Well…I thought this was the title of that 70s song Mark is always humming around the flat with his hair peaked in front, shirt half buttoned, and gold chains dangling, but he insists it’s actually called “Working on my Night Moves” and deals with some guy’s awkward teenage blues. And that doesn’t work with my theme today, so let’s just pretend that the song says “Night Train” (although why some guy would write a whole song about working on the night train IS a bit odd…funny I thought that. I guess I will add it to my Embarrassing-I-Fake-Knowing-The-Song-Lyrics repertoire, which would include when I thought Prince’s song “I Would Die For You” said “Apple Dapple Doo”. Yeah. Mark corrected me on that one, too. Poor guy, I must embarrass him so often with my self-assured singing.)

But I digress. Onwards.


In case you hadn’t yet guessed, we rode a night train. Remember that exciting trip to Zavet, the microscopic Bulgarian village? Well, the only way to get back to Sofia is either to take a two-hour tour and get lost for any given number of years on a not-so-deserted island with the Professor and MaryAnn six hour bus ride that left at 2:30 in the morning, or to take a night train. Not fond of standing on deserted dirt roads awaiting a bus in the wee hours of the morning, we opted for the train…with the sleeping car…and a bed.

The train pulled into Isperih for its full 60 second stop at 10:30pm. All 15 people waiting for it seemed determined to be first on. Let’s just say elbows were flying and old people risked their very lives. Once on (though it’s possible some people were hanging on the outside James Bond style), we waited at the sleeping car for the most chaotic travel upgrade of my life. People pushed us aside and our party of three got separated. We all wanted to share just one cabin, since there are three beds and three people. (Using my mad math skills again!)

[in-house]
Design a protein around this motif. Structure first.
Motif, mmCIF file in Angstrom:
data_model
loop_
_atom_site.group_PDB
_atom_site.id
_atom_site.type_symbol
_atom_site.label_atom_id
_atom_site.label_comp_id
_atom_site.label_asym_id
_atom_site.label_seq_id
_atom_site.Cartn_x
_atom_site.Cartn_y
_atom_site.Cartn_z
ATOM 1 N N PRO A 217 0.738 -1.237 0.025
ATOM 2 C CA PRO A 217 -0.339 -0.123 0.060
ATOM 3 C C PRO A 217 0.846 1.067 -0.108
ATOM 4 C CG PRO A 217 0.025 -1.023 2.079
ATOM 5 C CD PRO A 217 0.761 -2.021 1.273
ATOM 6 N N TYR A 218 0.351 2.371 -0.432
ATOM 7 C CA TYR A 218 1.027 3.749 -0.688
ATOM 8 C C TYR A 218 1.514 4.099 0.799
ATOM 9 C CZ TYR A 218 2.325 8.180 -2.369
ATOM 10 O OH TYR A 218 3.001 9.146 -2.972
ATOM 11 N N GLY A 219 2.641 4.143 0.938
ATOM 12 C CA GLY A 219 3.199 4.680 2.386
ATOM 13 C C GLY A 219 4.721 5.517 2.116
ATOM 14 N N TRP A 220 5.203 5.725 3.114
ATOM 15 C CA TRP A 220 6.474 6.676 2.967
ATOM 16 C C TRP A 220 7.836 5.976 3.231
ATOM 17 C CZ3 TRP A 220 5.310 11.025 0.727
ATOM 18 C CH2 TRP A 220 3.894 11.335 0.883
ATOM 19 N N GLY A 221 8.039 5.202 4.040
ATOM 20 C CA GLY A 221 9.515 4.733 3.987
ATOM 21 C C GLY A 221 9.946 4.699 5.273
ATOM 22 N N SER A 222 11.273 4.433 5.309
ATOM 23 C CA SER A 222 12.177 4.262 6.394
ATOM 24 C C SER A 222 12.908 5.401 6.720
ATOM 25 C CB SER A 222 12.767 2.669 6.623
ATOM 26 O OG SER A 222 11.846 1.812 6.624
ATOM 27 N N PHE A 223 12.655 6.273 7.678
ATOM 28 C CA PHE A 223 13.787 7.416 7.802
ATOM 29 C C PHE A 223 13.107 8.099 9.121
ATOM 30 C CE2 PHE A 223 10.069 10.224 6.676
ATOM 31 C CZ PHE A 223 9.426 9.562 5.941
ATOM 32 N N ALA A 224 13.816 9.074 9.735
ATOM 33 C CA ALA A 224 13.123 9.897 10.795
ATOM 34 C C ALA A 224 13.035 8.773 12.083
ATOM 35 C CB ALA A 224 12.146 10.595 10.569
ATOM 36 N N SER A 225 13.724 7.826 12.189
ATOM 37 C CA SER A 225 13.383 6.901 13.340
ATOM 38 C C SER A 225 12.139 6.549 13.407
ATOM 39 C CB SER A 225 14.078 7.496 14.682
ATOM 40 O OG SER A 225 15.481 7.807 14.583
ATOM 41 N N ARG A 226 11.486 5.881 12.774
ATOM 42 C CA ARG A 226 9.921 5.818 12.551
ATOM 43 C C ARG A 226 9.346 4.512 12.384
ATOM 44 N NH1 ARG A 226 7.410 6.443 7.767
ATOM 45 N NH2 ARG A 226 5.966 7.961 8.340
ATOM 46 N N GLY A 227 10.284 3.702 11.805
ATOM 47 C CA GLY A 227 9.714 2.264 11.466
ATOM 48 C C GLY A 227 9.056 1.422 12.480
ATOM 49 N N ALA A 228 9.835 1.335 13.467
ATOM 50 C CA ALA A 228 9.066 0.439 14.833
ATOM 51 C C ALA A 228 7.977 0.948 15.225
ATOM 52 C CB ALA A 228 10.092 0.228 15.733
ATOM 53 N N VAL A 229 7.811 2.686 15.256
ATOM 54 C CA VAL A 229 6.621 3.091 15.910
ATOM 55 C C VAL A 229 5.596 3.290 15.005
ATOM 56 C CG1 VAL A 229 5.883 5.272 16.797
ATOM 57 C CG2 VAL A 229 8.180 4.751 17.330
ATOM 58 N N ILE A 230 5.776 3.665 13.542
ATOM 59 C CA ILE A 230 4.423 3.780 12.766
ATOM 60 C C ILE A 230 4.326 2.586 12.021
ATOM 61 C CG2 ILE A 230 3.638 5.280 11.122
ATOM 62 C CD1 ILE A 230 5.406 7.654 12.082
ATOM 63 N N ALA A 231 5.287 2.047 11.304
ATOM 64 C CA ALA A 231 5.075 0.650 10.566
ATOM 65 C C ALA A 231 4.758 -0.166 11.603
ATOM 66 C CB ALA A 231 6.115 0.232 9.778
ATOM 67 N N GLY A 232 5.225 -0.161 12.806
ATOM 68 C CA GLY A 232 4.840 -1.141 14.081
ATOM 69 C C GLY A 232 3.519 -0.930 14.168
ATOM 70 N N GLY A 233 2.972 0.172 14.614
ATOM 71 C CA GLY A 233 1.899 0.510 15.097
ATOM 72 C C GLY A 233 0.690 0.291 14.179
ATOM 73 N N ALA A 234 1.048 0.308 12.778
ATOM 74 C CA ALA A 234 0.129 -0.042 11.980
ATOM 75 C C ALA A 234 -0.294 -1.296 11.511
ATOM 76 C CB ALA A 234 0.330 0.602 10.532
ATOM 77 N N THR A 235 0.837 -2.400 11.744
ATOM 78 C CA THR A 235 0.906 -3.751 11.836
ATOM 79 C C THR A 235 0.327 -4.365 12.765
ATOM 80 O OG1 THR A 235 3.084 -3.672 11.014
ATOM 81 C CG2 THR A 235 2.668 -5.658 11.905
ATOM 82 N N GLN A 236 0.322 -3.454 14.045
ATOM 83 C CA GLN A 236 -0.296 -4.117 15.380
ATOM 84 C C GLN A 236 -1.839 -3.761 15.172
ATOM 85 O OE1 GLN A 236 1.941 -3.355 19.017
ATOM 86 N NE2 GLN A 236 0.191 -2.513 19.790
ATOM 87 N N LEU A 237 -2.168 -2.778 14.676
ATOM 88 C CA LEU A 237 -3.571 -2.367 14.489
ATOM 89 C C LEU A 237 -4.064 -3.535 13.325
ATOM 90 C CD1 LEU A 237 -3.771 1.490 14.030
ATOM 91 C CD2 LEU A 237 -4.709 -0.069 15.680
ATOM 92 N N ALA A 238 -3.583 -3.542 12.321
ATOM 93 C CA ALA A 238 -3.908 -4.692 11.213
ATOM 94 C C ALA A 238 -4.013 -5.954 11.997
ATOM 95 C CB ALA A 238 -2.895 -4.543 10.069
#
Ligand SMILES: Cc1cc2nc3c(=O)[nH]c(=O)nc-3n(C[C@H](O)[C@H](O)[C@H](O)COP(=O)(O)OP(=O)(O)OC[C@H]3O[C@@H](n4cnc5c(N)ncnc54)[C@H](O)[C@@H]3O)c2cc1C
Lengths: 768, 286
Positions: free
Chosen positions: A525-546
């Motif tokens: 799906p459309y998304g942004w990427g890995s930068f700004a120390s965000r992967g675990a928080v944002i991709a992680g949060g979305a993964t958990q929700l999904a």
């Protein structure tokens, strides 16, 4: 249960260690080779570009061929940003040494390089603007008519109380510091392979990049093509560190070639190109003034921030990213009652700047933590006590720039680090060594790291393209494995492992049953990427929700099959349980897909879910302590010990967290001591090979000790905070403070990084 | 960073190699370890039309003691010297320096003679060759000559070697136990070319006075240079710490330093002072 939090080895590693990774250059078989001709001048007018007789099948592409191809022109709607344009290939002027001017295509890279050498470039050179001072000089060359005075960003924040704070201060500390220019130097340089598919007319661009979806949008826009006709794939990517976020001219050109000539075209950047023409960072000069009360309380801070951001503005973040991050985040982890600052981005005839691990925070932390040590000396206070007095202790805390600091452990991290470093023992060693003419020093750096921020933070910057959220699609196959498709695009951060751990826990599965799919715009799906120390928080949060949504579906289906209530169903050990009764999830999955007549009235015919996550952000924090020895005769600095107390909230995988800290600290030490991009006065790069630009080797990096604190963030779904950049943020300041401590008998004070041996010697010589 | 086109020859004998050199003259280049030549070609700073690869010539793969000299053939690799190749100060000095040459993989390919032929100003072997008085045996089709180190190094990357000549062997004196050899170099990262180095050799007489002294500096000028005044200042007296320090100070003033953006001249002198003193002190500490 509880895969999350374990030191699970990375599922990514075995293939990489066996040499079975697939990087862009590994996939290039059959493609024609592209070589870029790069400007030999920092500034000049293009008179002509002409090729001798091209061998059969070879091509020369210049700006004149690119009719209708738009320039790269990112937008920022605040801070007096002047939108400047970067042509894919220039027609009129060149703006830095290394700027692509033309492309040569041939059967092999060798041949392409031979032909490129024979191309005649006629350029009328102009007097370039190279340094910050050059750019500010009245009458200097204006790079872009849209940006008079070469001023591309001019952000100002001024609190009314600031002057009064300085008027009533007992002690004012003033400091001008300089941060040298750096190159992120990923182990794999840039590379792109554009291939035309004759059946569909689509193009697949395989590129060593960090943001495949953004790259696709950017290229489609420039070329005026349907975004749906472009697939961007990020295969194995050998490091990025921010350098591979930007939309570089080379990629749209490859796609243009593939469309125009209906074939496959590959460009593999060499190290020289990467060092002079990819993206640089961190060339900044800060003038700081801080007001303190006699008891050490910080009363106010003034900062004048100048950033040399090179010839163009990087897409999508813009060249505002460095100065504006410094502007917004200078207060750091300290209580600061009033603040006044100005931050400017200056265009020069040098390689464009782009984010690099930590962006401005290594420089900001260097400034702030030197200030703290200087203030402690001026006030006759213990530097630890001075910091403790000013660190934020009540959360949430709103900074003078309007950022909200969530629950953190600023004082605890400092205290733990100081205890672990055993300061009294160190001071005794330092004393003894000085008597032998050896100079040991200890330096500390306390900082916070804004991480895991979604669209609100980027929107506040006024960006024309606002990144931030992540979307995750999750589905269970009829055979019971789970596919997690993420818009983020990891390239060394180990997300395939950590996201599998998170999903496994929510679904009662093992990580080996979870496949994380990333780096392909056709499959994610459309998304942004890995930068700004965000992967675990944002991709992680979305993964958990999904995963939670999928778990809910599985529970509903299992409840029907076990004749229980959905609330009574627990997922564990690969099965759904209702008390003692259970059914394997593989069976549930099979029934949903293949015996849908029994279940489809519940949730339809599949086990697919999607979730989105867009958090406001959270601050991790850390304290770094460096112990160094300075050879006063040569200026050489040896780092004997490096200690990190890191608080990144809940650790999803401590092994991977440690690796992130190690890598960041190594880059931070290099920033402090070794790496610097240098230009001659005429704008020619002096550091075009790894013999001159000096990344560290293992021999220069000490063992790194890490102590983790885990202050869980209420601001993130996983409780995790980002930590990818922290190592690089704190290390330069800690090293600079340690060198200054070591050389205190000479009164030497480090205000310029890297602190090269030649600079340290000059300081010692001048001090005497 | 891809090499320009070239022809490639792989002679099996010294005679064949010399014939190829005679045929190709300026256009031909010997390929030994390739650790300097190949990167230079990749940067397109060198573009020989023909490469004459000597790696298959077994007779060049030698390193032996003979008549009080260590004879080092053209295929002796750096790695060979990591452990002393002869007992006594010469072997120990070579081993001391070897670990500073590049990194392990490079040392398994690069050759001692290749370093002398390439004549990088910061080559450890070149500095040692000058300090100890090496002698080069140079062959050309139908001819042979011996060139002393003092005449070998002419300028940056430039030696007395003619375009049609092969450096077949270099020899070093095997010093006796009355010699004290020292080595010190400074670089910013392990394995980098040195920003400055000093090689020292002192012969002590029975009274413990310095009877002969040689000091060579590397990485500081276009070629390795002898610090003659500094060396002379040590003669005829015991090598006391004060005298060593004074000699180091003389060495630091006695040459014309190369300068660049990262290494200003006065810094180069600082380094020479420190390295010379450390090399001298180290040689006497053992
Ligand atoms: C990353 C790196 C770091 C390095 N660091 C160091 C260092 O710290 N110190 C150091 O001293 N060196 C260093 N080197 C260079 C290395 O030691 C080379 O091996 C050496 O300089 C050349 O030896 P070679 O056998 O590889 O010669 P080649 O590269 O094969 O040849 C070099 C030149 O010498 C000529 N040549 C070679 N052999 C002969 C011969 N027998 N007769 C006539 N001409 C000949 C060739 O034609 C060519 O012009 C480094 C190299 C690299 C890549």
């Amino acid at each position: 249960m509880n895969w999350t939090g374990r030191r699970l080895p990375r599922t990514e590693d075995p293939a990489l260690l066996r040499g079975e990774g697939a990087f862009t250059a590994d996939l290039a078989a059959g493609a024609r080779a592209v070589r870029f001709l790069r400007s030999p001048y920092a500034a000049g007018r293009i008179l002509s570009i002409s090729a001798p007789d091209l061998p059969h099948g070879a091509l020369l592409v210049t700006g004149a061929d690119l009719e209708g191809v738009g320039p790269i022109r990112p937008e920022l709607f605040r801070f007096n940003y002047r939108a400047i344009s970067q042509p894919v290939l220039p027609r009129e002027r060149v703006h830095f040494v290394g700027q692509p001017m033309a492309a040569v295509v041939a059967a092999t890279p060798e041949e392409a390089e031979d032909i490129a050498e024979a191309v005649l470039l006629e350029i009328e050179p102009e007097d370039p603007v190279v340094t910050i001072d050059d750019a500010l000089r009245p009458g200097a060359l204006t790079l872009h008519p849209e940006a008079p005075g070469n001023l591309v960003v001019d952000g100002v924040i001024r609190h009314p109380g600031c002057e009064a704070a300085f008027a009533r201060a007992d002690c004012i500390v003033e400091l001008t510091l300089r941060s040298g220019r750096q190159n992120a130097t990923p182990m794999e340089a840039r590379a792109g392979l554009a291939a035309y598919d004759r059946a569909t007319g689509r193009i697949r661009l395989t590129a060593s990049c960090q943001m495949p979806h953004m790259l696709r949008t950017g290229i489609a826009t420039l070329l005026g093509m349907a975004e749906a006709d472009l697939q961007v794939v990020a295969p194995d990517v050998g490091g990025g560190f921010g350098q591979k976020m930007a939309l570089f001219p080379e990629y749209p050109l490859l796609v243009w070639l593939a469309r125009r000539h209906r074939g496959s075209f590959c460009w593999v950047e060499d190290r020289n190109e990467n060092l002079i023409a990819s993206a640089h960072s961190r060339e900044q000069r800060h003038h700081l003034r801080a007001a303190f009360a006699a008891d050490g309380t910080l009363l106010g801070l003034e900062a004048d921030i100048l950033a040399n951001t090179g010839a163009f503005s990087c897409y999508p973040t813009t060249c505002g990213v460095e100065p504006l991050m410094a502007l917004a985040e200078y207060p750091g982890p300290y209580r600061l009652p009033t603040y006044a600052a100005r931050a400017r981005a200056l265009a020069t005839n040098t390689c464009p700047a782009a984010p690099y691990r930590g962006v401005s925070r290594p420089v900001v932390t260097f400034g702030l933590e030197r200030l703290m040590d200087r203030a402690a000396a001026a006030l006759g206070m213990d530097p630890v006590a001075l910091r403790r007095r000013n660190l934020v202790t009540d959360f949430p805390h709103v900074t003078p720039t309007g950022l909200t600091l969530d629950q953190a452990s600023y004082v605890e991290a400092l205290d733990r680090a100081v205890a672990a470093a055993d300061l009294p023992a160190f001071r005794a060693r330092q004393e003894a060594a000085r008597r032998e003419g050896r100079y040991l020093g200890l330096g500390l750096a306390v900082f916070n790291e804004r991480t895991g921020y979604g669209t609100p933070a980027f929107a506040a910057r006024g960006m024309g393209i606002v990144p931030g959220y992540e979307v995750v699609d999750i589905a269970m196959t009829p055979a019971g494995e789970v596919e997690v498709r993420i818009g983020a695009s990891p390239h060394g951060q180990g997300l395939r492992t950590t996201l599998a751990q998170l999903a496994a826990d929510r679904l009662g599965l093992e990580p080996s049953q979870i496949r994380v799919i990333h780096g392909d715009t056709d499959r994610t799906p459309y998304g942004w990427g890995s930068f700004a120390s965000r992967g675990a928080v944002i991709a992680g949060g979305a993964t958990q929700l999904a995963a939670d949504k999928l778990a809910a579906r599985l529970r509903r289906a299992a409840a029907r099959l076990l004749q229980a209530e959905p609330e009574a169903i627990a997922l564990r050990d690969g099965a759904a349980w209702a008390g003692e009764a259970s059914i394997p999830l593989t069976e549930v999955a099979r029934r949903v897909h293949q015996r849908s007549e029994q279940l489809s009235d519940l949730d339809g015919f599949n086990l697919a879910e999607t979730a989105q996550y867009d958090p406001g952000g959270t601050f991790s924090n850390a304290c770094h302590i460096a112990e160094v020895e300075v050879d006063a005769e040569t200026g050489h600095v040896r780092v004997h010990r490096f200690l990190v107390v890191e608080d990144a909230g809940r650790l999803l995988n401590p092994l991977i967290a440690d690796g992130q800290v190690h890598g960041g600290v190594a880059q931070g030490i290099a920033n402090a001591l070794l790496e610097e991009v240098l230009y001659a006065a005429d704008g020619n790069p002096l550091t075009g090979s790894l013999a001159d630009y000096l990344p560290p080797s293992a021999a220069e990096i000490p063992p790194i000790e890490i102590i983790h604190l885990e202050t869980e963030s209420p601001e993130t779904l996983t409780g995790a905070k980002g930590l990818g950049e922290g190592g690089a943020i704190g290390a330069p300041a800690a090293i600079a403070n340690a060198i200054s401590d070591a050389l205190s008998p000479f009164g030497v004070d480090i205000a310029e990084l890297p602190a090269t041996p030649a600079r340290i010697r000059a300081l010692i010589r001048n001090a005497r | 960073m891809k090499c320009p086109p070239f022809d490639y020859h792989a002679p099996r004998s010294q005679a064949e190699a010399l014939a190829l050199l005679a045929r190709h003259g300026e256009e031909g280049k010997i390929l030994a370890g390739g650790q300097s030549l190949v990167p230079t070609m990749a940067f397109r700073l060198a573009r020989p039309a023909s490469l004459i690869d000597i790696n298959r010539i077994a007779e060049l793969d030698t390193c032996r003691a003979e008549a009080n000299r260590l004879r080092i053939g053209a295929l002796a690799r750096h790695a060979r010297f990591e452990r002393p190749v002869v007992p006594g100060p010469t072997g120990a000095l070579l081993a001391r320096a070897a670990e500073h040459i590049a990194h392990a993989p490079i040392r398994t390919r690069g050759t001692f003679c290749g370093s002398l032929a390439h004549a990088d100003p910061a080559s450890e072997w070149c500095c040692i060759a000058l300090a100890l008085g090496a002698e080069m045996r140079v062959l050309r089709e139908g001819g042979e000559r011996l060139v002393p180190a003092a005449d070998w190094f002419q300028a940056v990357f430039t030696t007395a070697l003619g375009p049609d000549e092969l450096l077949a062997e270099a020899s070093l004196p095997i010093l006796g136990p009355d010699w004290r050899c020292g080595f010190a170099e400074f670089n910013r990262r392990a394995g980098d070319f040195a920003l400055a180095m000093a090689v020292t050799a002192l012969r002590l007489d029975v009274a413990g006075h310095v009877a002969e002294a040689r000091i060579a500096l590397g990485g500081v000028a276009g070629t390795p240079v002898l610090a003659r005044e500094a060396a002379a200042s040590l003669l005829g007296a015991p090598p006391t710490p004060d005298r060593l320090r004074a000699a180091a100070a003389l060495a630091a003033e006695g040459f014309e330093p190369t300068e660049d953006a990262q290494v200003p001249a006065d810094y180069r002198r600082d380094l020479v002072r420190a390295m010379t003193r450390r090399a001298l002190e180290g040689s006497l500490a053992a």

But alas, that was not to be. Apparently, boys sleep in boy cabins and girls sleep in girl cabins, a la Sixth Grade Camp. This arrangement was not so inconvenient for me, since our third travelling companion–let’s call her Person X, or P.X. for short–is a girl. We found our cabin, made up our Brady-esque bunk beds, put on our PJs, and crawled in.


(This is a sleeping cabin)

I promptly put on my iPod and started reading my book. P.X. headed for the bathroom. Mark sent me a text message on my cell phone that said simply:

My guy smells. Like dirty feet. Yuck.

Which simply proves my theory that girls are cleaner and more orderly than boys, because our roommate was not only fragrant, but quiet as well. And I know there was some mean snoring going on in Camp Boy Cabin. I sent him a response commiserating with his circumstances, and continued reading my book. For a while. I had a vague notion that P.X. had been gone a while, but figured there was probably a line of people dying to use the loo on a train.

I guess not. Apparently P.X. got locked in the bathroom. Like locked, locked in…as in no opening the door or yelling to get out, locked in. There was actually a fourth guy travelling with us, the guy at whose house we stayed, but he was in the main compartment, as he was only going two hours away. Luckily, P.X. just happened to have her cell phone on her and texted him that she was locked in and could he please, please, please tell someone to let her out. Surely the vision of spending the entire night in the train bathroom with the tracks running by underneath you at slightly-less-than-lightning speed (or in the case of Bulgarian trains, at donkey trotting speeds) was less than appealing. A worker finally rescued her using a pair of pliers. So MacGuyver.
It must have been horrifying. Because there I was bopping to my Frida Soundtrack reading a book about Africa in the early 1900s, when in burst P.X. with tears on her face. Perhaps I am missing a sympathetic gene, but when she told me, I laughed and laughed out loud. I mean, really…could you imagine sleeping in a train bathroom? And what if nobody knew you were there for days and days? Man, I guess that would be, shall we say, less than funny.

Eventually we turned out the lights and hoped for a good night’s sleep. Which kind of happened and kind of didn’t. I DID sleep, but I kept waking up every time the train stopped, thinking we were home and I had better hurry and get on my clothes before we take off for somehwere else, like Macedonia or Serbia. I learned in the morning that the guy who’s “working on the night train” actually knocks on your door and warns you when you have 20 minutes left. Just saying, it would have been nice if they had told me that before!

And so we made it back. And except for Mark’s odiferous experience, we decided the night train isn’t so bad. Good thing, too. Because we can get to Istanbul, Turkey for like 40 leva, or $30. And just as soon as we’re legal, we intend on doing just that!